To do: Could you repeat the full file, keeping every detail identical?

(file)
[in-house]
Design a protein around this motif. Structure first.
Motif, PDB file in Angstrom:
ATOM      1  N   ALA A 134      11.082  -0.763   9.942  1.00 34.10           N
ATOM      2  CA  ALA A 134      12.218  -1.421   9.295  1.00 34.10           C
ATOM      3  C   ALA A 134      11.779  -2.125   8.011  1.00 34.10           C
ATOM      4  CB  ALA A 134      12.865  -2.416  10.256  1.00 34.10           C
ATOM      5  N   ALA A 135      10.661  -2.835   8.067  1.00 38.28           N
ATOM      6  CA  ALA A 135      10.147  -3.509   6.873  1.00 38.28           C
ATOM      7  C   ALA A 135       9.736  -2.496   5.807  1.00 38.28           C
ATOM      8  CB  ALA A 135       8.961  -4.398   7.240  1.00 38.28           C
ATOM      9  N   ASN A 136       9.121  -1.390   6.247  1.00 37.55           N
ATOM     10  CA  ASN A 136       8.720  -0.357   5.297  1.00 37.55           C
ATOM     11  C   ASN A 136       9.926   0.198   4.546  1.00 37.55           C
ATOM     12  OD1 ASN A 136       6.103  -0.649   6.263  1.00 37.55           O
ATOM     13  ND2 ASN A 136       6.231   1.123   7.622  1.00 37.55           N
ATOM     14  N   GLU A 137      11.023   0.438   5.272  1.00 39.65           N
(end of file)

[in-house]
Design a protein around this motif. Structure first.
Motif, PDB file in Angstrom:
ATOM      1  N   ALA A 134      11.082  -0.763   9.942  1.00 34.10           N
ATOM      2  CA  ALA A 134      12.218  -1.421   9.295  1.00 34.10           C
ATOM      3  C   ALA A 134      11.779  -2.125   8.011  1.00 34.10           C
ATOM      4  CB  ALA A 134      12.865  -2.416  10.256  1.00 34.10           C
ATOM      5  N   ALA A 135      10.661  -2.835   8.067  1.00 38.28           N
ATOM      6  CA  ALA A 135      10.147  -3.509   6.873  1.00 38.28           C
ATOM      7  C   ALA A 135       9.736  -2.496   5.807  1.00 38.28           C
ATOM      8  CB  ALA A 135       8.961  -4.398   7.240  1.00 38.28           C
ATOM      9  N   ASN A 136       9.121  -1.390   6.247  1.00 37.55           N
ATOM     10  CA  ASN A 136       8.720  -0.357   5.297  1.00 37.55           C
ATOM     11  C   ASN A 136       9.926   0.198   4.546  1.00 37.55           C
ATOM     12  OD1 ASN A 136       6.103  -0.649   6.263  1.00 37.55           O
ATOM     13  ND2 ASN A 136       6.231   1.123   7.622  1.00 37.55           N
ATOM     14  N   GLU A 137      11.023   0.438   5.272  1.00 39.65           N